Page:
The meaning of the motto is clear: despite being a largely Muslim country, Indonesians stand together despite their many differences. It is derived form an old, pre-Islamic Javanese piece of literature, translated to English as saying, “the essence of Buddha and Shiva are of different substance; they are different indeed, but how can they possibly be separated; Buddhism and Shivaism are different but one; they are two but one, because the truth cannot become two.” This reference to an ancient concept of tolerance reminds the nation to be peaceful and to embrace, in kindness, their differences.
On Indonesia’s Garuda, a coat of arms is embedded on its chest. What does one see? Five elements: a central star, a chain, a banyan tree, a bull’s head and two twigs, one of rice, the other for cotton. Together they symbolize the five principles of the Indonesian nation, the Pancasila.
(1) The star represents the Oneness of God; its 5 tips refer the official religions in the country: Islam, Catholicism, Protestantism, Hinduism and Buddhism. Although now Confucianism has also been accepted. This implicitly underlines that the state, even though not formally secular, is officially neutral in matters of religious.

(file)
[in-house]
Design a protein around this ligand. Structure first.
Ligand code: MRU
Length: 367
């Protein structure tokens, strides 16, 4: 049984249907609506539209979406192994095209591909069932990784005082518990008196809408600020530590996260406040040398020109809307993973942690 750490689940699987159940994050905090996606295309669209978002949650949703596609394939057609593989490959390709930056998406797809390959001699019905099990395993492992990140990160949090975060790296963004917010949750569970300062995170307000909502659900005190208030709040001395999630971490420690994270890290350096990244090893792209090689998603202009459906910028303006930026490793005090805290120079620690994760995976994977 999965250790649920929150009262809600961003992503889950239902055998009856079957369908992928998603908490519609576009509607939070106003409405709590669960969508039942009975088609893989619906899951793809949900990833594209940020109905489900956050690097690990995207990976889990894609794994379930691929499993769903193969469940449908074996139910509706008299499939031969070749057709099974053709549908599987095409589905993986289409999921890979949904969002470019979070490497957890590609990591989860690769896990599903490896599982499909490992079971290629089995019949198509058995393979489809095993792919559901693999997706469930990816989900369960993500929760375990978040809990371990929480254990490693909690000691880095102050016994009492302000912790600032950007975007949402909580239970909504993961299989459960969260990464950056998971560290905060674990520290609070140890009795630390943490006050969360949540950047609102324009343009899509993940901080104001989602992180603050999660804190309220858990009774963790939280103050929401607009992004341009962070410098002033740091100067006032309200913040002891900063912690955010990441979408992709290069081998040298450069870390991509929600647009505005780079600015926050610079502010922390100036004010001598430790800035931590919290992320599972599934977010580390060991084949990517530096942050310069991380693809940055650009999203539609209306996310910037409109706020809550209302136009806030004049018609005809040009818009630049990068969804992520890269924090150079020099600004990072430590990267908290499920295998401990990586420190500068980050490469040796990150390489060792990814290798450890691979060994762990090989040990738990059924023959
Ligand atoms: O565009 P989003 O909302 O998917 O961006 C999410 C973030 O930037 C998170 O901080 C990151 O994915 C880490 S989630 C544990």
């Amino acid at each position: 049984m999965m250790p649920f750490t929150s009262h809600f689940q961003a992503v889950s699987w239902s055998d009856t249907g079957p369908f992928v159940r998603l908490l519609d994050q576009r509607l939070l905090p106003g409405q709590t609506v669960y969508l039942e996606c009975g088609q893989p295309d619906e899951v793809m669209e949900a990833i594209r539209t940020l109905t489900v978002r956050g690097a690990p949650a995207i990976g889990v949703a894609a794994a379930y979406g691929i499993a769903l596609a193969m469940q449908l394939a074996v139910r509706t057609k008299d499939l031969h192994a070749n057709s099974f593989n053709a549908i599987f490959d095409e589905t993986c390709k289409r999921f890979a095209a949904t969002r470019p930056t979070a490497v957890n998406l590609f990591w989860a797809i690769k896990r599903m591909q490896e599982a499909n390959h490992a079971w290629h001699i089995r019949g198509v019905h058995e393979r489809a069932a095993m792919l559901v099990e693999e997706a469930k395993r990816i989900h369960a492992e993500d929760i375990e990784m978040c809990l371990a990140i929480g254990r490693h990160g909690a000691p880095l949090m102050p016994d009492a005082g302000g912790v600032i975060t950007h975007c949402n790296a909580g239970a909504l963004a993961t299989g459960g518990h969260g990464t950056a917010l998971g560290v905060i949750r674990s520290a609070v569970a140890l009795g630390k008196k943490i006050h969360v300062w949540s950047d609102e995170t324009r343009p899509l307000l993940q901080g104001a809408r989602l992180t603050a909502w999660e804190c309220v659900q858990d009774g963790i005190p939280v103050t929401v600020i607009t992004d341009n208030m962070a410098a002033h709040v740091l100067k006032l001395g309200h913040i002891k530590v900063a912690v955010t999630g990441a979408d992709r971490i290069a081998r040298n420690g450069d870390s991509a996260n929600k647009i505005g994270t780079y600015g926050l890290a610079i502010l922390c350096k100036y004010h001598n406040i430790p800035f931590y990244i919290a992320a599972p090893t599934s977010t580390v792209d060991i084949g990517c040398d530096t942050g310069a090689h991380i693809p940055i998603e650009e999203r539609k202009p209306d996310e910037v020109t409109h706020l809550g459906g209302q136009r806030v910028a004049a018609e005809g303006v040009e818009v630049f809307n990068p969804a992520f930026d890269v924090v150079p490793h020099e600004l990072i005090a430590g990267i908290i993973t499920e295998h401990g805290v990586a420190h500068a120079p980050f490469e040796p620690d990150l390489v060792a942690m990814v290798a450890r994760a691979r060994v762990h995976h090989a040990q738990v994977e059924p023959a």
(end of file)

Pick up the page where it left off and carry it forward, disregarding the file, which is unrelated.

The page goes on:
(2) The chain is the symbol of humanitarianism, a just and civilized humanity.
(3) The banyan tree represents national unity. A sacred tree with deep connections, reaching down into the deepest layers of Indonesian identity. In Java, banyan trees used to be planted on the main square of the kingdom’s capital city. In Bali, banyan trees are thought to be “living beings”. They each have a shrine addressed to its soul.
(4) The bull (banteng) represents the principle of democracy. It is a symbol of strength, but also seen as a social animal.
(5) The two twigs of rice and cotton are the principles of social justice, representing sustenance and livelihood.
To me, this complex symbolic system is Indonesia’s most important contribution to modern humanity. It encourages the idea that identity is indeed multi-layered. Being Indonesian means there is no contradiction in being a Javanese Christian, or perhaps a Muslim Batak, with Chinese blood. In a world where most multi-cultural states are wrecked by unending conflicts about one’s loyalty toward one’s state, religion and ethnicity, Indonesia stands as an island of peace, and is proud to be so.!